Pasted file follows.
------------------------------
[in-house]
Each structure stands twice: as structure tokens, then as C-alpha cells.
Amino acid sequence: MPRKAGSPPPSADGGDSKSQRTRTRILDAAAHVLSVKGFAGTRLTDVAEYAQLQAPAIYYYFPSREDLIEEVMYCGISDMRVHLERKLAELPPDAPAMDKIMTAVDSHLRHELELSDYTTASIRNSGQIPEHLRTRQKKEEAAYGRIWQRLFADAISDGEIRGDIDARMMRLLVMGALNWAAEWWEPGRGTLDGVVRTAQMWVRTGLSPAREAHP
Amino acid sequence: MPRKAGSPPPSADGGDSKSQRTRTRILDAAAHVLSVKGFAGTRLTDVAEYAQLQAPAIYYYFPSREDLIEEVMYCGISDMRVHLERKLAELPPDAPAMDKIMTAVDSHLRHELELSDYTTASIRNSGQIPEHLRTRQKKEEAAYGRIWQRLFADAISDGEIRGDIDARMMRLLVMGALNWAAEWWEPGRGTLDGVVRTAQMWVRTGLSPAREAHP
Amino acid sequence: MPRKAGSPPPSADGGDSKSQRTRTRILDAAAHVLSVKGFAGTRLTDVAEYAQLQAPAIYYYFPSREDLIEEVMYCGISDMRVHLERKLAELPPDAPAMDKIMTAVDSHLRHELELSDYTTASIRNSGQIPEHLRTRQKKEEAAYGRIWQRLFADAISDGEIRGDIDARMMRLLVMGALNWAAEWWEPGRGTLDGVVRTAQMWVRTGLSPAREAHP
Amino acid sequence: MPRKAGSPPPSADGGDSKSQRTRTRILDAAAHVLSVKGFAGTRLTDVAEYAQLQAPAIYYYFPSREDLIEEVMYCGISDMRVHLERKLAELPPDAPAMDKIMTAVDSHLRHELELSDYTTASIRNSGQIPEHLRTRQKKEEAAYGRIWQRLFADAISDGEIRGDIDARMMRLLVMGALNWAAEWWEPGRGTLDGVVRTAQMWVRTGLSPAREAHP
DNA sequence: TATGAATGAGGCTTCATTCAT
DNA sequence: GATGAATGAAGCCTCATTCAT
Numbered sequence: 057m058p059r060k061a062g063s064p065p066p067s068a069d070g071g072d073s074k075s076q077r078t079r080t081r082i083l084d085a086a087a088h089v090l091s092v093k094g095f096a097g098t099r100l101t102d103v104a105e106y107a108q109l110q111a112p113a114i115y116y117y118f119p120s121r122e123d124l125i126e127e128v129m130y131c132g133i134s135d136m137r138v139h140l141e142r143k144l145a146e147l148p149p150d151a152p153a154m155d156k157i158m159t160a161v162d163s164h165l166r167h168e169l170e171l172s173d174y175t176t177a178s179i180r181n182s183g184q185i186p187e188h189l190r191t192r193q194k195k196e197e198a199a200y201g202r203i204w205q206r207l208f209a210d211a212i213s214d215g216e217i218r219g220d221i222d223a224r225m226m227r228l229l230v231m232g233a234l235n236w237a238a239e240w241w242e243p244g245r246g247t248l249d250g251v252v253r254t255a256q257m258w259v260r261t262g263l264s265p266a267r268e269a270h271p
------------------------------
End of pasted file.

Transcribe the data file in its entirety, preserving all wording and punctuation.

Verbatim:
[in-house]
Each structure stands twice: as structure tokens, then as C-alpha cells.
Amino acid sequence: MPRKAGSPPPSADGGDSKSQRTRTRILDAAAHVLSVKGFAGTRLTDVAEYAQLQAPAIYYYFPSREDLIEEVMYCGISDMRVHLERKLAELPPDAPAMDKIMTAVDSHLRHELELSDYTTASIRNSGQIPEHLRTRQKKEEAAYGRIWQRLFADAISDGEIRGDIDARMMRLLVMGALNWAAEWWEPGRGTLDGVVRTAQMWVRTGLSPAREAHP
Amino acid sequence: MPRKAGSPPPSADGGDSKSQRTRTRILDAAAHVLSVKGFAGTRLTDVAEYAQLQAPAIYYYFPSREDLIEEVMYCGISDMRVHLERKLAELPPDAPAMDKIMTAVDSHLRHELELSDYTTASIRNSGQIPEHLRTRQKKEEAAYGRIWQRLFADAISDGEIRGDIDARMMRLLVMGALNWAAEWWEPGRGTLDGVVRTAQMWVRTGLSPAREAHP
Amino acid sequence: MPRKAGSPPPSADGGDSKSQRTRTRILDAAAHVLSVKGFAGTRLTDVAEYAQLQAPAIYYYFPSREDLIEEVMYCGISDMRVHLERKLAELPPDAPAMDKIMTAVDSHLRHELELSDYTTASIRNSGQIPEHLRTRQKKEEAAYGRIWQRLFADAISDGEIRGDIDARMMRLLVMGALNWAAEWWEPGRGTLDGVVRTAQMWVRTGLSPAREAHP
Amino acid sequence: MPRKAGSPPPSADGGDSKSQRTRTRILDAAAHVLSVKGFAGTRLTDVAEYAQLQAPAIYYYFPSREDLIEEVMYCGISDMRVHLERKLAELPPDAPAMDKIMTAVDSHLRHELELSDYTTASIRNSGQIPEHLRTRQKKEEAAYGRIWQRLFADAISDGEIRGDIDARMMRLLVMGALNWAAEWWEPGRGTLDGVVRTAQMWVRTGLSPAREAHP
DNA sequence: TATGAATGAGGCTTCATTCAT
DNA sequence: GATGAATGAAGCCTCATTCAT
Numbered sequence: 057m058p059r060k061a062g063s064p065p066p067s068a069d070g071g072d073s074k075s076q077r078t079r080t081r082i083l084d085a086a087a088h089v090l091s092v093k094g095f096a097g098t099r100l101t102d103v104a105e106y107a108q109l110q111a112p113a114i115y116y117y118f119p120s121r122e123d124l125i126e127e128v129m130y131c132g133i134s135d136m137r138v139h140l141e142r143k144l145a146e147l148p149p150d151a152p153a154m155d156k157i158m159t160a161v162d163s164h165l166r167h168e169l170e171l172s173d174y175t176t177a178s179i180r181n182s183g184q185i186p187e188h189l190r191t192r193q194k195k196e197e198a199a200y201g202r203i204w205q206r207l208f209a210d211a212i213s214d215g216e217i218r219g220d221i222d223a224r225m226m227r228l229l230v231m232g233a234l235n236w237a238a239e240w241w242e243p244g245r246g247t248l249d250g251v252v253r254t255a256q257m258w259v260r261t262g263l264s265p266a267r268e269a270h271p